Explaining decisions and soliciting suggestions from followers but continuing to direct tasks. This leadership style works especially well with those non-tenured teachers, who may be in their second or third year on the the job. They are gaining confidence and competence, but they are still getting their feet on the ground. This is a high-task, high relationship style. This style may be effective with those who have sufficient motivation but who lack skill development or ability.
Making decisions together with staff members and supporting their efforts toward performing tasks. This leadership style works well with highly creative teachers. Applying this style can vary in form from supporting teachers when they come up with excellent ideas to helping them to bring those ideas to fruition. This is a low-task, high relationship style of leadership. Use this style with those who have ability but are lower in motivation.
Turning over decisions and responsibility for implementing those decisions to staff members. This leadership style works with people who, in a positive fashion, go above and beyond their instructions. These are those who don't just mimic their instruction. They display an understanding of the instruction by making application in and to unique or original situations. This style typically is low-task and low relationship and is effective for those who are highly motivated and who display high ability.
REFLECTIONS ON LEADERSHIP STYLES YOU HAVE OBSERVED
Work through these questions while at the same time reflecting on a leader (superintendent, principal, or teacher) that you have admired.
After you finish, work through these same questions while reflecting on a leader (superintendent, principal or teacher) whom you did not admire and thought was ineffective.
Please note that this checklist has the benefits and limits of all checklists. It is simply designed to help one reflect on leadership styles and best practices. Hopefully it will stimulate thinking about what leadership means.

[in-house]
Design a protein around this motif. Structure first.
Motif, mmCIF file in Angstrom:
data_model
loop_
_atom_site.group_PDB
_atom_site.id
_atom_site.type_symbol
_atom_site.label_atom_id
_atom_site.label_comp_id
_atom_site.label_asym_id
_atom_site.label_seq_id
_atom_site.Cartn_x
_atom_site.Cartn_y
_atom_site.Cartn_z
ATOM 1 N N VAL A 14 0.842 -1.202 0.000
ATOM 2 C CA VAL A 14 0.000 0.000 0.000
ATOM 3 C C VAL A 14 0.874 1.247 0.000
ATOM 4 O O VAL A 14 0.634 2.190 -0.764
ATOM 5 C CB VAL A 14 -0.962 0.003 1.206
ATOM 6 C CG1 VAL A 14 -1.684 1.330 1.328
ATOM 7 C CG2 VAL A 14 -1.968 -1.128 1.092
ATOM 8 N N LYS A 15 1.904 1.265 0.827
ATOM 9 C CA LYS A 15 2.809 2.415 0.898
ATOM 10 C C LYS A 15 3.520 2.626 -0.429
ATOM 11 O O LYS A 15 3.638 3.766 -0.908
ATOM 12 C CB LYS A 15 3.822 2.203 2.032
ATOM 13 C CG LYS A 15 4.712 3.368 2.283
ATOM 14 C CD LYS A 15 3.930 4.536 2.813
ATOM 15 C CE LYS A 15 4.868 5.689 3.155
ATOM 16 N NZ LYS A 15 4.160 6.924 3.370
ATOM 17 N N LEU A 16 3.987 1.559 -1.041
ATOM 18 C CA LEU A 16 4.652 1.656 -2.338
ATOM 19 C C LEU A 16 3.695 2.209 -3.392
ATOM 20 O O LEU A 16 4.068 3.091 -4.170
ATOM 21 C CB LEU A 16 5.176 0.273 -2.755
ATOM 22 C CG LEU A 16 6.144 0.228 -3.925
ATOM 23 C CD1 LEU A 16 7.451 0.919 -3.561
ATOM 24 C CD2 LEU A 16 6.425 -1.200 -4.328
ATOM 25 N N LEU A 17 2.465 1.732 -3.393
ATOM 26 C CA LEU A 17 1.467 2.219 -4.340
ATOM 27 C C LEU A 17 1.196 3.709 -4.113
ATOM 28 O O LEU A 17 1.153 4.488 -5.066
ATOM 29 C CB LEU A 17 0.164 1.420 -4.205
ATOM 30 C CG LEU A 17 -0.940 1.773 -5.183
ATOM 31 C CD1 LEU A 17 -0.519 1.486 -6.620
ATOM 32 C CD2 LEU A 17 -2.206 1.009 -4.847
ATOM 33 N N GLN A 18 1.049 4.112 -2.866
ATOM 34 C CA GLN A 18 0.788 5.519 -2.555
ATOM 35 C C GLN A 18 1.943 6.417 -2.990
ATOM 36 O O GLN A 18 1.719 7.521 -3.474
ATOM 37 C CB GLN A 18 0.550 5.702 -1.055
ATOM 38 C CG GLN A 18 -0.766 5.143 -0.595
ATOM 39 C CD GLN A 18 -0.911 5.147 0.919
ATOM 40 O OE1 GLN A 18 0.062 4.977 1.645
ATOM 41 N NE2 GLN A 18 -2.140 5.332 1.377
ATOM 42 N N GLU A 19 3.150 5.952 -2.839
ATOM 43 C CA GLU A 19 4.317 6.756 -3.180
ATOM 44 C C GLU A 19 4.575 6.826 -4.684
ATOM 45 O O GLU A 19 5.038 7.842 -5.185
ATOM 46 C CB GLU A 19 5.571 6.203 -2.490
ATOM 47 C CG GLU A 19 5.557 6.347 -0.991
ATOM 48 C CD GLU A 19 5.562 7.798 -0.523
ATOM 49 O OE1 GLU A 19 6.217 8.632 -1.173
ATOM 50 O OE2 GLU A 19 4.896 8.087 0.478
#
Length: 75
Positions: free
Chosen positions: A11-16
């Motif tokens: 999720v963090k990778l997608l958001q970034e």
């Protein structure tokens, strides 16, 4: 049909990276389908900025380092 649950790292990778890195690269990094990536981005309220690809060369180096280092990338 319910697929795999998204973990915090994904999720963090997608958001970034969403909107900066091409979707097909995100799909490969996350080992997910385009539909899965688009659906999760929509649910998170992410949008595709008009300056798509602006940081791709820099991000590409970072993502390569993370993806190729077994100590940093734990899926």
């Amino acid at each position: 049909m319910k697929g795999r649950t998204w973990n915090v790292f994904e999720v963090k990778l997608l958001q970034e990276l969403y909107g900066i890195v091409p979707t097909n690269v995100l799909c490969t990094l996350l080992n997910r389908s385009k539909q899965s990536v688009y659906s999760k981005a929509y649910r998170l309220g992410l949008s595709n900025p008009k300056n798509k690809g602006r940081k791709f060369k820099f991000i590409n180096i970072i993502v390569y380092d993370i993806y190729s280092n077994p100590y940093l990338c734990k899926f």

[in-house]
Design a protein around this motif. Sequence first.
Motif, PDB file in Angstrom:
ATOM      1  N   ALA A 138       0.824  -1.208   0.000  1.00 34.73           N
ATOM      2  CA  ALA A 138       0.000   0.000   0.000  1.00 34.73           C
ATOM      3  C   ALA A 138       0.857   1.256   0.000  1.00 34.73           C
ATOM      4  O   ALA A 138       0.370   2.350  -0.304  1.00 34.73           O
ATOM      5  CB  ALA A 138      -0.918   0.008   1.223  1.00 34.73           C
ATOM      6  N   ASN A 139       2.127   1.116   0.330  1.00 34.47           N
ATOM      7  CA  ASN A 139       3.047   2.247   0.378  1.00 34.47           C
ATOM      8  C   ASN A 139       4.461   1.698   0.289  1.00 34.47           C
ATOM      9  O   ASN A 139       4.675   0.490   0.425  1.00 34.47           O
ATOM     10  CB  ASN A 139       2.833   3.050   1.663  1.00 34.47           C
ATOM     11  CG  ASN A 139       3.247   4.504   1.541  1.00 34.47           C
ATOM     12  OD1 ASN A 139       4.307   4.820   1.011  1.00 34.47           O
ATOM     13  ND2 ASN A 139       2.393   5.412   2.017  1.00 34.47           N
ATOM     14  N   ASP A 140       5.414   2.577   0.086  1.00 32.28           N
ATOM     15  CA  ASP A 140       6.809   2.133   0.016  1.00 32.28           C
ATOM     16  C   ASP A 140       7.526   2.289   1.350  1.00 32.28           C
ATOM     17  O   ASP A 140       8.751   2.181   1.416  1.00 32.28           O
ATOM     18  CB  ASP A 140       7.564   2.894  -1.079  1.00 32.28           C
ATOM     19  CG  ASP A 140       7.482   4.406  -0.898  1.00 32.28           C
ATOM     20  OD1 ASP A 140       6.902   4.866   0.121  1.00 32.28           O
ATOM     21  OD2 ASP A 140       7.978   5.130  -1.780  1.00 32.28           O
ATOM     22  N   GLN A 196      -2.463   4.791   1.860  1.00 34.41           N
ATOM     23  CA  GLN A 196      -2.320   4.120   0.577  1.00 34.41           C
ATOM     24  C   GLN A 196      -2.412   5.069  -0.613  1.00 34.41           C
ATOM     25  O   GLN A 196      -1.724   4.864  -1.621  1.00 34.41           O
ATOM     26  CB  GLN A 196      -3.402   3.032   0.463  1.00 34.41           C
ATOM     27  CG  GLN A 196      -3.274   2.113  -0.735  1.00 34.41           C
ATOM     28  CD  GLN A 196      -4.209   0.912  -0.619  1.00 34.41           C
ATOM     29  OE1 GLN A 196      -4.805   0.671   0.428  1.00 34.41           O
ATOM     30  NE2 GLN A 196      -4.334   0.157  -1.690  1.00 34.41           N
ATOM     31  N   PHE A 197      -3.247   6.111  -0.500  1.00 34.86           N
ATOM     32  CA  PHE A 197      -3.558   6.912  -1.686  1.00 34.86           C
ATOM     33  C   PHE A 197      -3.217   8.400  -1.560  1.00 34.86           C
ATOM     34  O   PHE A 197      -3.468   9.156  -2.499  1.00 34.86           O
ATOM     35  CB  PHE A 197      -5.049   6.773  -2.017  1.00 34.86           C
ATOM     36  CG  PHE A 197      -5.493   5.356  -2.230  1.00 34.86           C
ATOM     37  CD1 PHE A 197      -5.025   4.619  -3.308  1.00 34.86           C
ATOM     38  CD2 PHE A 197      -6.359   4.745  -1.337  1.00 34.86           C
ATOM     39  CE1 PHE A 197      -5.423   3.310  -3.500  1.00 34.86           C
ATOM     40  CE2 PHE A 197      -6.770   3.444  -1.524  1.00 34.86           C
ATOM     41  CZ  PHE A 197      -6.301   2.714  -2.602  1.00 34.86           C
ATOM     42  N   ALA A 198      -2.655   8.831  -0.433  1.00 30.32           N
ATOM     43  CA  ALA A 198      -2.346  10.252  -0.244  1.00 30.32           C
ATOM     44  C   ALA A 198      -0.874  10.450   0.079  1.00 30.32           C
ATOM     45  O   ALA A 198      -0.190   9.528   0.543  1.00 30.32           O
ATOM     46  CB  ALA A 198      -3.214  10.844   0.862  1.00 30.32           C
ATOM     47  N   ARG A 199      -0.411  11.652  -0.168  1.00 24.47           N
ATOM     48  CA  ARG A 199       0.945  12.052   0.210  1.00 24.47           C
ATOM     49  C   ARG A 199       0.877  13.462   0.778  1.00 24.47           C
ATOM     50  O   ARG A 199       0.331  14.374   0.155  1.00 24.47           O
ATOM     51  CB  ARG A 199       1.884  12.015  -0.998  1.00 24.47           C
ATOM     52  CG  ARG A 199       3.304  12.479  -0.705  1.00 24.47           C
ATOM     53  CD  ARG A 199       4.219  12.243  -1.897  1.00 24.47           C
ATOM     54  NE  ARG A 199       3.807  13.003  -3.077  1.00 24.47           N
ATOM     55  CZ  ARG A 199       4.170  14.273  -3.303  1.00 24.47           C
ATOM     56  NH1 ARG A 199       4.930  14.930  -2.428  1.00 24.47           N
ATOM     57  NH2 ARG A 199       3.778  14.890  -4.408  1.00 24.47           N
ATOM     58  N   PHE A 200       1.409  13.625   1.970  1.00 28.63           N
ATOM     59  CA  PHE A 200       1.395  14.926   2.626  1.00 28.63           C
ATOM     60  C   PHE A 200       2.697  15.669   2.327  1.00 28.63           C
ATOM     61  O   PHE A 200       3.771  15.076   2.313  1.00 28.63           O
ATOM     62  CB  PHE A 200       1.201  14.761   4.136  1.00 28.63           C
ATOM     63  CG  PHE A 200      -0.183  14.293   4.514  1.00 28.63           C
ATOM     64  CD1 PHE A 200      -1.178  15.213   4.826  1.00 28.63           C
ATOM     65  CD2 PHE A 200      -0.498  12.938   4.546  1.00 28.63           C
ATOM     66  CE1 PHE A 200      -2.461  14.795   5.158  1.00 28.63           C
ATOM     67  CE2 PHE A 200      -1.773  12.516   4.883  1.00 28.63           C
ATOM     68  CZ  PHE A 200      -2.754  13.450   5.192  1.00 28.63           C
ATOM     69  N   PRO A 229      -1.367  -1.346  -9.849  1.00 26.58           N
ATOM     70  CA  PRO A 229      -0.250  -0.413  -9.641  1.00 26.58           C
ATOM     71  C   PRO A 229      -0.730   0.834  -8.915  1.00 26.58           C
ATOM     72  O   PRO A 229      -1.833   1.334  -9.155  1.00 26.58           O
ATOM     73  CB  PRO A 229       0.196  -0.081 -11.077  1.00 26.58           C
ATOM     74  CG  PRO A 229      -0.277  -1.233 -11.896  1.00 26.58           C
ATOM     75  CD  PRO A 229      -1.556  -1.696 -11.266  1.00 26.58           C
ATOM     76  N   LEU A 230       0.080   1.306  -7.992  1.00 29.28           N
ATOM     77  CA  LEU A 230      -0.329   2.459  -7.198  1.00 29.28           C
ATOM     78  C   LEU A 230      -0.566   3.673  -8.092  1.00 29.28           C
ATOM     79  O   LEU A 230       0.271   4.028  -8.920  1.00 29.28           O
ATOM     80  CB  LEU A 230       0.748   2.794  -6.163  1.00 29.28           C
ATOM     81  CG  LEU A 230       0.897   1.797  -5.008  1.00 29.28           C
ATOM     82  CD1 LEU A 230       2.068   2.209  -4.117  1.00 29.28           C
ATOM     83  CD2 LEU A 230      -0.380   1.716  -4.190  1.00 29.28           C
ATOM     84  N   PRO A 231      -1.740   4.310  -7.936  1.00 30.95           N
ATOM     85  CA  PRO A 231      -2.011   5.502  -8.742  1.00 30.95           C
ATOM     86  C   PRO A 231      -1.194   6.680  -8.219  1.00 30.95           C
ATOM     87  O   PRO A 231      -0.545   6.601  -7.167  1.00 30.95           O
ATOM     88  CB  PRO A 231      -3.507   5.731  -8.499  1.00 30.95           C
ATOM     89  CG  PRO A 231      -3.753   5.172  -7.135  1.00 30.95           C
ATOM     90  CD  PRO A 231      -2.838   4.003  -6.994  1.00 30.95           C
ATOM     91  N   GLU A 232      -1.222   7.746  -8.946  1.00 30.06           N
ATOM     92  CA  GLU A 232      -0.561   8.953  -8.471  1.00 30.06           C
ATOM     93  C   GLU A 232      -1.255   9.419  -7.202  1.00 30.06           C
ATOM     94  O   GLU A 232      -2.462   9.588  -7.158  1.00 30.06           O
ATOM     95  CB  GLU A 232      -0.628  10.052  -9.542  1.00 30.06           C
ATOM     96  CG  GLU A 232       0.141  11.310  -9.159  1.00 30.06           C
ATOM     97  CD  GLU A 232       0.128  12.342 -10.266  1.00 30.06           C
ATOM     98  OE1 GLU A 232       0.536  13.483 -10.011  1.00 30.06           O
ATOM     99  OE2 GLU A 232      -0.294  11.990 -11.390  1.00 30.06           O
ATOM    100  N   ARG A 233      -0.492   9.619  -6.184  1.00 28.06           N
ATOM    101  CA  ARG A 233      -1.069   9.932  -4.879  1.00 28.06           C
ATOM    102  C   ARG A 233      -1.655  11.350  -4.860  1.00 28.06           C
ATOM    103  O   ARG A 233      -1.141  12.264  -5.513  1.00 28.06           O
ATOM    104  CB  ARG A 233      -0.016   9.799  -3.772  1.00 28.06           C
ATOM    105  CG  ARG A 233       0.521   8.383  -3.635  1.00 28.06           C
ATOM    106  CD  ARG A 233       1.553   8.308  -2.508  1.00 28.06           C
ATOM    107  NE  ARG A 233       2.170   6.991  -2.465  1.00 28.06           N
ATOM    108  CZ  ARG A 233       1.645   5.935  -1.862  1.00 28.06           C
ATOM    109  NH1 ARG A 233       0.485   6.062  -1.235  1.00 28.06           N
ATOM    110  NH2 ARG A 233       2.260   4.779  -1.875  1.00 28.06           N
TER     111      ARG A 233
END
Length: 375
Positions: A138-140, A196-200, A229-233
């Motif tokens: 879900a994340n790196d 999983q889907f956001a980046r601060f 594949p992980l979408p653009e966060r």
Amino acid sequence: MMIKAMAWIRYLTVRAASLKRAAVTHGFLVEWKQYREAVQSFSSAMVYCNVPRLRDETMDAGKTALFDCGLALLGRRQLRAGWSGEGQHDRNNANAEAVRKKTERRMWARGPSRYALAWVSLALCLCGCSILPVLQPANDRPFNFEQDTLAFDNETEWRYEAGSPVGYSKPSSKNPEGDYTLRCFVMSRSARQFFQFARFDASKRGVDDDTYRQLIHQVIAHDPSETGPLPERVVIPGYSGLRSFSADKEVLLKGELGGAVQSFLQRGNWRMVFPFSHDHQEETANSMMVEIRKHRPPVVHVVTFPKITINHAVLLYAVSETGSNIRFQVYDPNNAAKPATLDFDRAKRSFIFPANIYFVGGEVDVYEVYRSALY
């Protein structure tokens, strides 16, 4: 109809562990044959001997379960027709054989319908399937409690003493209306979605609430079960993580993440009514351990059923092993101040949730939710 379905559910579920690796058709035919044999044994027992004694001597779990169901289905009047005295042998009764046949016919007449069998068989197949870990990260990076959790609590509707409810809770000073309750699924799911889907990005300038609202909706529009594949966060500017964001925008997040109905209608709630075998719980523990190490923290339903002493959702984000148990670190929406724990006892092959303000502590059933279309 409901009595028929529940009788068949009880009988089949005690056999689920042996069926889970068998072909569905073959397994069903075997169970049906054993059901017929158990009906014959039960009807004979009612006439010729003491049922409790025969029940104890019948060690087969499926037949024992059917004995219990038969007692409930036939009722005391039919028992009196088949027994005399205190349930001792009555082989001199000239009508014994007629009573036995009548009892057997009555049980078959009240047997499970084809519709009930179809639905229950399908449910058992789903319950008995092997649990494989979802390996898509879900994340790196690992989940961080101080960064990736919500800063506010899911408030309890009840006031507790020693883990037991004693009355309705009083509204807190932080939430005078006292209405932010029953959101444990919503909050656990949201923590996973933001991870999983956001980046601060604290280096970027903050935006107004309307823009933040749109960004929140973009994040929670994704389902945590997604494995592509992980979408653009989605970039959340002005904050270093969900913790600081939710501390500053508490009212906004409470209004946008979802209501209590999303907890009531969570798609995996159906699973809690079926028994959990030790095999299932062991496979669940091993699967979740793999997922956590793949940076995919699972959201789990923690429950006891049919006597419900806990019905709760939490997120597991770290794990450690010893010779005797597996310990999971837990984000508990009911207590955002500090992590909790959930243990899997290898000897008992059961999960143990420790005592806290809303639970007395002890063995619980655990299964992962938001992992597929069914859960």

|Ways of leading and managing||Always||Frequently||Sometimes||Never|
|1. Did we work together to articulate a shared purpose and educational vision focused on learning?|
|2. Did this leader protect the vision and make it visible to others?|
|3. Did we take collective responsibility for school practices and outcomes?|
|4. Did this leader emphasize power through people rather than power over people?|
|5. Was authority based more on professional knowledge and competence than on position and rules?|
|6. Did this leader facilitate, guide and coach others to adopt practices that advanced students performance?|
|7. Did this leader communicate their passion for learning by challenging ineffective practices?|
|8. Were discussion and inquiry common and accepted practices in our school/classroom?|
|9. Was information share and decision made together?|
|10. Were problems solved collaboratively?|
|11. Was there openness to multiple approaches and solutions rather than reliance on single answers and past practices?|
|12. Did this leader try to gain many points of view before solving important problems?|
|13. Was decision making consensual and inclusive as opposed to top-down and non-participatory?|
|14. Did this leaders accept conflict as "normal" and use it as a stimulus for change, or was it viewed as "bad" and something simply to be controlled?|
|15. Were roles in the workplace flexible and interdependent or were they rigid and hierarchial?|
|16. Were teams used to plan and implement school improvement?|
|17. Did the leader create an environment that was safe, supportive, and conducive to learning?|
|18. Was widespread participation of stakeholders (parents, community members, students, teachers) encouraged?|
|19. Were parents empowered to participate in decisions about the school?|
|20. Was communication open and fluid as opposed to regulated by traditional chains of command?|